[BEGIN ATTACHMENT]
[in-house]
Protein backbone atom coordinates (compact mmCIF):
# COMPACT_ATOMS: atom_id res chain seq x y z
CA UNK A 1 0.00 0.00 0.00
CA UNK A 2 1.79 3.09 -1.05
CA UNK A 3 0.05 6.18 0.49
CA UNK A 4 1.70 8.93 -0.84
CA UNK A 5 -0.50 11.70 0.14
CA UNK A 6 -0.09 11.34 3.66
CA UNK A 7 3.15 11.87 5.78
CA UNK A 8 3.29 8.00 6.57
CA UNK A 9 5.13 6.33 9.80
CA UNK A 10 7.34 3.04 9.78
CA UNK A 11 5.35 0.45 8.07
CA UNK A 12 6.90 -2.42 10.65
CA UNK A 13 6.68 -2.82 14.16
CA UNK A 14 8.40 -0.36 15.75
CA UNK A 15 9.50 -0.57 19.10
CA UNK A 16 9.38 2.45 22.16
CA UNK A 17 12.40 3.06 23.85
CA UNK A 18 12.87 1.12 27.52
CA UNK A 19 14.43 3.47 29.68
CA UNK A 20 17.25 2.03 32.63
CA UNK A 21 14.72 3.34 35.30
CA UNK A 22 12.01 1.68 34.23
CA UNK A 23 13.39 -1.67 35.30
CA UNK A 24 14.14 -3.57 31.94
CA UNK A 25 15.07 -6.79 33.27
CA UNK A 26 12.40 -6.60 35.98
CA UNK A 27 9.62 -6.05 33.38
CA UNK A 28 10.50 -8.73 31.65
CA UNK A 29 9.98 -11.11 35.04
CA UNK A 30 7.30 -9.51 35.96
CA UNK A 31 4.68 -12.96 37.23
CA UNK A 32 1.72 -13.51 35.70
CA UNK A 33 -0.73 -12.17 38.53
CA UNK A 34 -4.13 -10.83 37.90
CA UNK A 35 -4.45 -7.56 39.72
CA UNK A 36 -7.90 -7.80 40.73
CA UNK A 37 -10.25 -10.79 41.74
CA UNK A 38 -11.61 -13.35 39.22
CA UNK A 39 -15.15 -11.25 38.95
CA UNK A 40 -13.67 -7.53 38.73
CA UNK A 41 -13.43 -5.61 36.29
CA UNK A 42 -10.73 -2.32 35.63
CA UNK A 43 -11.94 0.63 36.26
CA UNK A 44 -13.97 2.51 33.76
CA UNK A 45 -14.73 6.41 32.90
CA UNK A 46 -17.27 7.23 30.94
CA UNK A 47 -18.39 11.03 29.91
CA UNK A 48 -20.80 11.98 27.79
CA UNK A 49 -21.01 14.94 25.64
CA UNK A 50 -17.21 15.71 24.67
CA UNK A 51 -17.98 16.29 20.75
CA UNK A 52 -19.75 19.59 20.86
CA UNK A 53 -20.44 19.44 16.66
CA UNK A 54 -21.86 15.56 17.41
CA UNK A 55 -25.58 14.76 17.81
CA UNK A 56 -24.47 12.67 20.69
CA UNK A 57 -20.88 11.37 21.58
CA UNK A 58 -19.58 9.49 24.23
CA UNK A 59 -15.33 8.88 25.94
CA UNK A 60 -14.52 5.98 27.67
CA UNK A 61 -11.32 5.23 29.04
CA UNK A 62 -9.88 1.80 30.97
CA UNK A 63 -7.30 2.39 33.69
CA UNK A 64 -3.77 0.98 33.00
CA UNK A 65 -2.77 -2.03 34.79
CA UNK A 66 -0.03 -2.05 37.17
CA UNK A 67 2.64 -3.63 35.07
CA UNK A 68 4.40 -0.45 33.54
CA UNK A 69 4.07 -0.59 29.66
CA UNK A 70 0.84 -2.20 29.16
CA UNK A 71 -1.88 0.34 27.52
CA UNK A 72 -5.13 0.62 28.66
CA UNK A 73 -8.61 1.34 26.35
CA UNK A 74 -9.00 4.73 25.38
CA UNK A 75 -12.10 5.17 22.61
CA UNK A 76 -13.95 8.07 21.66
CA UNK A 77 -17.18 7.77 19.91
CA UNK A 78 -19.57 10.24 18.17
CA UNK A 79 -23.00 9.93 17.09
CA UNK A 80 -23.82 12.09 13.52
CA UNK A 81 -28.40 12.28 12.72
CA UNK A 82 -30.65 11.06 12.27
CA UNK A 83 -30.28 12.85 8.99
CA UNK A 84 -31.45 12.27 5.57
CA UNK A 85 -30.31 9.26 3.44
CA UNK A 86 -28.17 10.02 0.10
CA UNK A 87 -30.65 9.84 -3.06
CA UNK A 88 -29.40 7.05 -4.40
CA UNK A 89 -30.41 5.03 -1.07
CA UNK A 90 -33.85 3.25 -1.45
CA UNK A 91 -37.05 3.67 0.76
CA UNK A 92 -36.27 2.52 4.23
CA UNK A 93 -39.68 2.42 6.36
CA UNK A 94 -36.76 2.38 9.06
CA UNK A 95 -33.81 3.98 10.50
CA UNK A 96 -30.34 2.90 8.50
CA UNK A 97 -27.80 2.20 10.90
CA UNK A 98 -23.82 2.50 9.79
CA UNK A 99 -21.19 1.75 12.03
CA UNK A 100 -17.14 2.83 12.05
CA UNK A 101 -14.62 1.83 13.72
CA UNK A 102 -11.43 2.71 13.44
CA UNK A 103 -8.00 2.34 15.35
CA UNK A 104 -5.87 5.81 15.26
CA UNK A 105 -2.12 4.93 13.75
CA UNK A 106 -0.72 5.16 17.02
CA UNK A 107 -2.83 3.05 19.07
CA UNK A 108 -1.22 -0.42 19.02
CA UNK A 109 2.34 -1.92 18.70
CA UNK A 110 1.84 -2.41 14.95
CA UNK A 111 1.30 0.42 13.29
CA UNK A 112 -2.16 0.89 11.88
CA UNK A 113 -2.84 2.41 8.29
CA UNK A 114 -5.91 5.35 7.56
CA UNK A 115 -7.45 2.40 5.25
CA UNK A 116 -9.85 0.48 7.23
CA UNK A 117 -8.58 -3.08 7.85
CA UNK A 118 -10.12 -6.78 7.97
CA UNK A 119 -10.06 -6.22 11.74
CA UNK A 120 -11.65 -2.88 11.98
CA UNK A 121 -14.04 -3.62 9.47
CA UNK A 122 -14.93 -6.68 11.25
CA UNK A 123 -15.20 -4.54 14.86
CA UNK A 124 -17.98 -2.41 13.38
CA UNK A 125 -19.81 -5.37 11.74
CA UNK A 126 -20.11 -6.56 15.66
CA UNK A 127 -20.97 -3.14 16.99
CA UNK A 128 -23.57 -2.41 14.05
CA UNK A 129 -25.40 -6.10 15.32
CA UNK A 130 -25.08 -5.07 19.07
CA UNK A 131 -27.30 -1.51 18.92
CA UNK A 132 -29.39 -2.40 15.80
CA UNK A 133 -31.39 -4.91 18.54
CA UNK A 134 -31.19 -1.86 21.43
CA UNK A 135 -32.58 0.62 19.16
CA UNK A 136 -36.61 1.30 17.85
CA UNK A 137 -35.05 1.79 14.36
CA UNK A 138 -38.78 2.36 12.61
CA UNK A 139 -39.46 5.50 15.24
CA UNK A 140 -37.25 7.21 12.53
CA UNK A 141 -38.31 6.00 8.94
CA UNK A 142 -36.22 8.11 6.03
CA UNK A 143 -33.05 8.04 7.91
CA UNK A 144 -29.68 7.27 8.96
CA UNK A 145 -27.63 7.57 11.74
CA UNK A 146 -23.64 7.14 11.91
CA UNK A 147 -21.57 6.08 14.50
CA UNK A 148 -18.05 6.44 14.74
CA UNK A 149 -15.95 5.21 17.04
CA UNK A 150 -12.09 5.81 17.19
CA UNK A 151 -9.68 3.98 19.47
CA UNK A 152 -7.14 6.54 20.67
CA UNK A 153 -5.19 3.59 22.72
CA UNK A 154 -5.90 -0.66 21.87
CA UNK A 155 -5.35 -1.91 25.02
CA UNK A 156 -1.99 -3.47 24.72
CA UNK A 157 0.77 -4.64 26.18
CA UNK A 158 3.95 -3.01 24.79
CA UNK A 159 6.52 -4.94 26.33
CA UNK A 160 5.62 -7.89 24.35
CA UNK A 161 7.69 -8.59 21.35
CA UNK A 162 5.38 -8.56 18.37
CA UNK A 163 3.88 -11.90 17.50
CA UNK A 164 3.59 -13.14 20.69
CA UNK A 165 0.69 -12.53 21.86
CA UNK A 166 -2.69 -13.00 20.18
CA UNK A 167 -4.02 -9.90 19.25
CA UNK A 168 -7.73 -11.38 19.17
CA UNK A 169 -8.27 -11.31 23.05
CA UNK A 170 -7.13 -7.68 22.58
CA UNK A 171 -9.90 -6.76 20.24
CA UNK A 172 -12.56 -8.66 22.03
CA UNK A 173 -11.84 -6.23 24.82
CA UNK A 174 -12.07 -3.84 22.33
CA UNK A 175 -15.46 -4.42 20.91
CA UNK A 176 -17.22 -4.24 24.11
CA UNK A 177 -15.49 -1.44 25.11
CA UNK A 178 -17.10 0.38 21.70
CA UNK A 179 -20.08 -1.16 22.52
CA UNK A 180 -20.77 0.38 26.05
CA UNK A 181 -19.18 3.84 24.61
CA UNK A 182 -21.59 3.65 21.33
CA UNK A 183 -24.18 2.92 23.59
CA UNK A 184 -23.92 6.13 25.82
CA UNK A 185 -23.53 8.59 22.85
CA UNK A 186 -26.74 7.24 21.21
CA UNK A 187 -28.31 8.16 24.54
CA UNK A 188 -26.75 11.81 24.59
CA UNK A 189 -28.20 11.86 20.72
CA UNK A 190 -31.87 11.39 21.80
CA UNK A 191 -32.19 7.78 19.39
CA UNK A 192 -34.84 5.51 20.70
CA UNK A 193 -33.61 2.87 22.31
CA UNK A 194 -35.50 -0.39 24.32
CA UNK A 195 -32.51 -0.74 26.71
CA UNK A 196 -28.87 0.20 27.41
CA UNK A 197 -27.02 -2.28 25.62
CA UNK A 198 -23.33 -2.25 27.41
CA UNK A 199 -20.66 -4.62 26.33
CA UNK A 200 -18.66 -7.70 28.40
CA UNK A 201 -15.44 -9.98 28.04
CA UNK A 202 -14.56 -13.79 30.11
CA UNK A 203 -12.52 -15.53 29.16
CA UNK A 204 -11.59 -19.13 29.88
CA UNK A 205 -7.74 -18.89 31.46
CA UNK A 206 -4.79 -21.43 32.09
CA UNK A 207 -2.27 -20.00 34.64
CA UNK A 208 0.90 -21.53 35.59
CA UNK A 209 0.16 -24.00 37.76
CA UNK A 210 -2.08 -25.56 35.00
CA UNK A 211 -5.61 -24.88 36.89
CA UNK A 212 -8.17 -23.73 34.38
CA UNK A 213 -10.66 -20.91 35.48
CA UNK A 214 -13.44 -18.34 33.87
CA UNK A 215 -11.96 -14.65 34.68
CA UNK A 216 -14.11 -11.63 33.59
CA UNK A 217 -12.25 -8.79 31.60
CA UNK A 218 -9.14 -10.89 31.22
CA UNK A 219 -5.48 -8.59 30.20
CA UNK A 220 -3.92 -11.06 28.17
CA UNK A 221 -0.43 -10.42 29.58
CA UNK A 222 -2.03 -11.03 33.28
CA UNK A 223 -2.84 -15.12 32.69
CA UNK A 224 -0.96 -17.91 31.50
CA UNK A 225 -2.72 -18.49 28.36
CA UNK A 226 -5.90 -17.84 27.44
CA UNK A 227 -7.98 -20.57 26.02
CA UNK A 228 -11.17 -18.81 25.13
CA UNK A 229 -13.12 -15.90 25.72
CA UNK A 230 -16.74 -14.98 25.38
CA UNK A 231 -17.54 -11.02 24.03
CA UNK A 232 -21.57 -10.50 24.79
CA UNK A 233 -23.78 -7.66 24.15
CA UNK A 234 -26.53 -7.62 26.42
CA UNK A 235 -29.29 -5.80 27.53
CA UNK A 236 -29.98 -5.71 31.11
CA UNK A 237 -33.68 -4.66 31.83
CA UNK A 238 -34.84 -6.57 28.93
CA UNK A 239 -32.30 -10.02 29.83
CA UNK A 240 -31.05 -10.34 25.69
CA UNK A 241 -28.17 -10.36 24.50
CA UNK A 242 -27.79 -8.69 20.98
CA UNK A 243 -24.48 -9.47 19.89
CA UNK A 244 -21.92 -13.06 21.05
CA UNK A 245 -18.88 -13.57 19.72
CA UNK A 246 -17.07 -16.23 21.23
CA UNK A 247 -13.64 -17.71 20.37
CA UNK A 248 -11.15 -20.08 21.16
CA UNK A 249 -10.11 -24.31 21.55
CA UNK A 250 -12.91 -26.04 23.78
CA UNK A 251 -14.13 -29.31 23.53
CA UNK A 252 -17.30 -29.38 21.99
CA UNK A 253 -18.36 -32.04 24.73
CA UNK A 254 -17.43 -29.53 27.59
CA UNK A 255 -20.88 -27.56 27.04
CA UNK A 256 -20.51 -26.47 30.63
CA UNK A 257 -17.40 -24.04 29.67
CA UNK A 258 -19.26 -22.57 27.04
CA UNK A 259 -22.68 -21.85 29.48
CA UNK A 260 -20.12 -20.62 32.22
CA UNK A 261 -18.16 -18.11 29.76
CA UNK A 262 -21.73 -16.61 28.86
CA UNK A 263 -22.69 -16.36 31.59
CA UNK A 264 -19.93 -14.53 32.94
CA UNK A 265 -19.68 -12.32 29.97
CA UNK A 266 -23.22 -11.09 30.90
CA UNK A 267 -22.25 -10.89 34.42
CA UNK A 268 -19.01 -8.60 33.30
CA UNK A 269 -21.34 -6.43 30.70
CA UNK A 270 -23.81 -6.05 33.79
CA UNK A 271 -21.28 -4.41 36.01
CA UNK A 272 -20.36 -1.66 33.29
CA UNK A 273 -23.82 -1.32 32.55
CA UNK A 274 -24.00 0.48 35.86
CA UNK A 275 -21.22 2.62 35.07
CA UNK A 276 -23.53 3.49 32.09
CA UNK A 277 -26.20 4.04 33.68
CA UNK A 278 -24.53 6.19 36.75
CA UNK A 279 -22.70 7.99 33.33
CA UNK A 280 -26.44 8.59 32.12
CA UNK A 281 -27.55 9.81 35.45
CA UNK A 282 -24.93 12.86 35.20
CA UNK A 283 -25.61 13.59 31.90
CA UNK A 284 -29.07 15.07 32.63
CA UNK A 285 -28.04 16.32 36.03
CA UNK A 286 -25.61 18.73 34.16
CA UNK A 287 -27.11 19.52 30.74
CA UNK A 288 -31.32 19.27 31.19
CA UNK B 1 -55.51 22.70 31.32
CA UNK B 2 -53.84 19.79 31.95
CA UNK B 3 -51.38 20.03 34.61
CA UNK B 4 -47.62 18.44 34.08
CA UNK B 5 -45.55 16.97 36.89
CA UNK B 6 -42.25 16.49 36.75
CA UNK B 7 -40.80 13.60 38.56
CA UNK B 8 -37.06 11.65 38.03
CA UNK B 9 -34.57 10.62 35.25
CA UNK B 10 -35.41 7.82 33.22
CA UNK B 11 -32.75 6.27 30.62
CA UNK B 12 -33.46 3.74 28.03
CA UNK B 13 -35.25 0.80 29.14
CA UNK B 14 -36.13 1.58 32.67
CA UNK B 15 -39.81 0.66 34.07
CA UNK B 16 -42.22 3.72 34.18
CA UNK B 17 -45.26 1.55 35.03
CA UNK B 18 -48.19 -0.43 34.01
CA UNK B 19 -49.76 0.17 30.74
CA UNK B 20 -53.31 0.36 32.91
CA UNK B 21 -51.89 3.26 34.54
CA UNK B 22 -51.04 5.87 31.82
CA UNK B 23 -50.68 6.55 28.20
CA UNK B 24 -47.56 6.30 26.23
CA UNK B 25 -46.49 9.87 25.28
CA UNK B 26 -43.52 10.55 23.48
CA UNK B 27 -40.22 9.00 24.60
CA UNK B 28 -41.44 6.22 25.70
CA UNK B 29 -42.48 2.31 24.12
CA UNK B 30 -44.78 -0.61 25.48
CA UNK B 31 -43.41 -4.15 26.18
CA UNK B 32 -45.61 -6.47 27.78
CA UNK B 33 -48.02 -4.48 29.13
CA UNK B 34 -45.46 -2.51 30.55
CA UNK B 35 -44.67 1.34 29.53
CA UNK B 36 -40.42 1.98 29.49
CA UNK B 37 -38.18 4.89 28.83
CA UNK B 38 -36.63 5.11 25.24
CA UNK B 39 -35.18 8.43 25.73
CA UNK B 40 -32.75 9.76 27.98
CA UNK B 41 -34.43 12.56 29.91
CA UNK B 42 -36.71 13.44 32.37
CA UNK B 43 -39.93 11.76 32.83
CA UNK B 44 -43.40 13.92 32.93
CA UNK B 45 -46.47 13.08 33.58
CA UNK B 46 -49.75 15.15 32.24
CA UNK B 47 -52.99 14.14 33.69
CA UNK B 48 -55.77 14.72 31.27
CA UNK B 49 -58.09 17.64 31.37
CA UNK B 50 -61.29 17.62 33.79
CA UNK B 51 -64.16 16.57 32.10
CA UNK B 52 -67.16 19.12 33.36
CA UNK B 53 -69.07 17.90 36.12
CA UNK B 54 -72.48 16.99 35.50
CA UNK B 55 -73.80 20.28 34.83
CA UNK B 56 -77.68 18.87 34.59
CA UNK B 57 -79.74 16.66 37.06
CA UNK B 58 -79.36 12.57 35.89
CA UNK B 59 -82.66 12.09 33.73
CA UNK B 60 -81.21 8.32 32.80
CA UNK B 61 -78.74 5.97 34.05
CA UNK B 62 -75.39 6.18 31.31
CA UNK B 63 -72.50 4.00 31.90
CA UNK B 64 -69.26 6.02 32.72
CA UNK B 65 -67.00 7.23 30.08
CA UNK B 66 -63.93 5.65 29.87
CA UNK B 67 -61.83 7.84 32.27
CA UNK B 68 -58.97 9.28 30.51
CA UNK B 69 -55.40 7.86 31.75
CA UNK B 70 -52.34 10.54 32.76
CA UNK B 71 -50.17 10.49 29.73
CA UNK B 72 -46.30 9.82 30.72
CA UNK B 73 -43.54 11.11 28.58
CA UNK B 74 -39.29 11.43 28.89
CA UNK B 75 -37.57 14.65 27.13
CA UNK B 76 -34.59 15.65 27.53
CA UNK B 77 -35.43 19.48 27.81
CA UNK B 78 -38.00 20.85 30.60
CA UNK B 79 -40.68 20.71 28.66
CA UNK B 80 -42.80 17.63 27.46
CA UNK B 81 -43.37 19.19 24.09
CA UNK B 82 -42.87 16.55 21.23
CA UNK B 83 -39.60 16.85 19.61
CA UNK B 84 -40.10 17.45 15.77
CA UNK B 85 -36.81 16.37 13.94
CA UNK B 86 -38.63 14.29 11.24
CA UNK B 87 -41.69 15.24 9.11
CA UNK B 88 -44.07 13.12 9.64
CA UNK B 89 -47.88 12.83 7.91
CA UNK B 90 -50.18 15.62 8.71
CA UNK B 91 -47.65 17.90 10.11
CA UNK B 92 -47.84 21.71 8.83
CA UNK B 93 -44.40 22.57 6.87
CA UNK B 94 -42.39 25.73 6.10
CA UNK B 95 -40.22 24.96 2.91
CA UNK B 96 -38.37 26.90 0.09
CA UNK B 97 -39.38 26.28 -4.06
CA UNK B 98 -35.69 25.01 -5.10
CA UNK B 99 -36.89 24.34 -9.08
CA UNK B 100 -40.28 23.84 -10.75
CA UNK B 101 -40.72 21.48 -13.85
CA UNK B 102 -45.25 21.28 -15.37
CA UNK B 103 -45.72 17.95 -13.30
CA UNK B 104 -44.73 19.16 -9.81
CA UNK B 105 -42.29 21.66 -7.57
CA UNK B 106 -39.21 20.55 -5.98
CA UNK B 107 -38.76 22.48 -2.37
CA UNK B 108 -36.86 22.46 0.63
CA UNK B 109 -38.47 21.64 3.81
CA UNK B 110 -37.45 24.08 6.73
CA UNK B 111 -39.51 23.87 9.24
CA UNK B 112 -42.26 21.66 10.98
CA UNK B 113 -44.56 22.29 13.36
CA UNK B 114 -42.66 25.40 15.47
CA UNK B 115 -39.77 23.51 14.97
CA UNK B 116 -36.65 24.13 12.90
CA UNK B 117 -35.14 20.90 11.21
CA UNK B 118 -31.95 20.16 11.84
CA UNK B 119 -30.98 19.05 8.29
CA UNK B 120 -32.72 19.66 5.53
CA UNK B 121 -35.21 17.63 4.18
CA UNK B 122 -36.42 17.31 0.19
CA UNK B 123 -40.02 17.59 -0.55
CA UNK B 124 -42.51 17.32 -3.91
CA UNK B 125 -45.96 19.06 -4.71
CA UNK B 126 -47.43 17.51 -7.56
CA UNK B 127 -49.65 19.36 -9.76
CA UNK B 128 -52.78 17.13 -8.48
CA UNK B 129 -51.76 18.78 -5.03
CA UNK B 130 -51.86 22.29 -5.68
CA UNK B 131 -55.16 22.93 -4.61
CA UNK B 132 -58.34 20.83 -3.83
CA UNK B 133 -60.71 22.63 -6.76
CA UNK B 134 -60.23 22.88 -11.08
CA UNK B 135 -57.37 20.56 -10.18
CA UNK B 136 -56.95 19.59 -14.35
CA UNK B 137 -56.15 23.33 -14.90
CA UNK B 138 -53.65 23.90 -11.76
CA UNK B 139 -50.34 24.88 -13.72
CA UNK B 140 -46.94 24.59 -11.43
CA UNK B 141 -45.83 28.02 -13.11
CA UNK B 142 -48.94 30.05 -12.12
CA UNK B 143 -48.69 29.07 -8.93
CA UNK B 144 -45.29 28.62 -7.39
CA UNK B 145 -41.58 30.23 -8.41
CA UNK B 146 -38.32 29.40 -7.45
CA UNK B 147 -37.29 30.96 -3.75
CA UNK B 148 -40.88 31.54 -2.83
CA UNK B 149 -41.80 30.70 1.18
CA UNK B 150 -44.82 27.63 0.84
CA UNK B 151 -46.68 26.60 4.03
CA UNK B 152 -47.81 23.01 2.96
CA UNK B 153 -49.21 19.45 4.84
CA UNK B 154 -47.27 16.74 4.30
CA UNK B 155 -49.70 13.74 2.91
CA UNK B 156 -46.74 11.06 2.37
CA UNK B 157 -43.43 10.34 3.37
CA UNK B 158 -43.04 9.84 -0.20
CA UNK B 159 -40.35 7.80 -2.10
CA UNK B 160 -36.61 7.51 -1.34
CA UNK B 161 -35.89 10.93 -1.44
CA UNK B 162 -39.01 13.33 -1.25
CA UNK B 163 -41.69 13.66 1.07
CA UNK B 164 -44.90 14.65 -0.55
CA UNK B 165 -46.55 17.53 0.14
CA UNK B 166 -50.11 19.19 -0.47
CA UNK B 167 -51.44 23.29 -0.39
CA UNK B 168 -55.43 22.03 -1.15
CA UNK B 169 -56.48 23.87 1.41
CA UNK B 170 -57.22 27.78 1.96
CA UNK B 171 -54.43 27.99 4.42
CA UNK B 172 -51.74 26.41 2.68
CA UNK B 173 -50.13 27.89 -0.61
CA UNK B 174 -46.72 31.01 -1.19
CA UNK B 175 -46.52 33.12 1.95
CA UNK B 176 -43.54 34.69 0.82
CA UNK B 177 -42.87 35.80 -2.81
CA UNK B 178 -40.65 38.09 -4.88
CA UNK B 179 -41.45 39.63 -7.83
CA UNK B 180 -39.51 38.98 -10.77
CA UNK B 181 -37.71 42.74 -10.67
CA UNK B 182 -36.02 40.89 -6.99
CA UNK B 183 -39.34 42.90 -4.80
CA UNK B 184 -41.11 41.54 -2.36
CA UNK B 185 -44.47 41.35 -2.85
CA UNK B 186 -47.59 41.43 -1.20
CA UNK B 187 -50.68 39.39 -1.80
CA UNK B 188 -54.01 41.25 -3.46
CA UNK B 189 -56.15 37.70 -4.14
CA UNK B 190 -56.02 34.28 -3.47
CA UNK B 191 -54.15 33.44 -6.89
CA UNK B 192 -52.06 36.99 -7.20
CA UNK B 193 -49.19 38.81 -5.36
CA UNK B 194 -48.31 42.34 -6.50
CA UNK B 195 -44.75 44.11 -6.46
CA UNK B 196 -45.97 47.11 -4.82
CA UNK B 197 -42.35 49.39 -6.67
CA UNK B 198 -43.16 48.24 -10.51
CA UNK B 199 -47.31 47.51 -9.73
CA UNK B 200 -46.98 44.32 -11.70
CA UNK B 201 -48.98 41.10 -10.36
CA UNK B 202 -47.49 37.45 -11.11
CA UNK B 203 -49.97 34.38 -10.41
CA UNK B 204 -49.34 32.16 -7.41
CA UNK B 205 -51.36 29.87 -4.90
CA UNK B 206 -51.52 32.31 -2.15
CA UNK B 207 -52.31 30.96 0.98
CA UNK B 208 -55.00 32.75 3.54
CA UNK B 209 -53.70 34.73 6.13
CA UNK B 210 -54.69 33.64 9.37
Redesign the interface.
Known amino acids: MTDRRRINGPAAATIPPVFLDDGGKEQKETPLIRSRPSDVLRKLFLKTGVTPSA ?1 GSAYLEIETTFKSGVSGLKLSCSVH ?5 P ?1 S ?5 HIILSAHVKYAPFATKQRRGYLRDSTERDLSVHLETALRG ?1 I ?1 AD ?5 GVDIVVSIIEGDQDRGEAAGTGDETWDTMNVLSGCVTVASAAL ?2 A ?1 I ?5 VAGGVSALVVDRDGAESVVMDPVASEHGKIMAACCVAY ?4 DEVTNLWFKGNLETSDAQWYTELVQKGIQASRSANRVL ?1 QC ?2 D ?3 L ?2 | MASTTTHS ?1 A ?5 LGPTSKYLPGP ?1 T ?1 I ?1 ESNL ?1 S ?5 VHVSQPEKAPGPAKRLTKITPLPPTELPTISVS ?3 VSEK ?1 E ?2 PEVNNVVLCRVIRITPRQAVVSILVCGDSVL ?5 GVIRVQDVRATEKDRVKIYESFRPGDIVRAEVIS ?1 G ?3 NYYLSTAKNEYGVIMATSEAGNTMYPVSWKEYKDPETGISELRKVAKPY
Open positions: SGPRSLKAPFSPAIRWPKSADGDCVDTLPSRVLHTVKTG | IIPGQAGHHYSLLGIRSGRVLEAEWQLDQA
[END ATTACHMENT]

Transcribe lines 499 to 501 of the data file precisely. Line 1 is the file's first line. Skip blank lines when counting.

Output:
CA UNK B 208 -55.00 32.75 3.54
CA UNK B 209 -53.70 34.73 6.13
CA UNK B 210 -54.69 33.64 9.37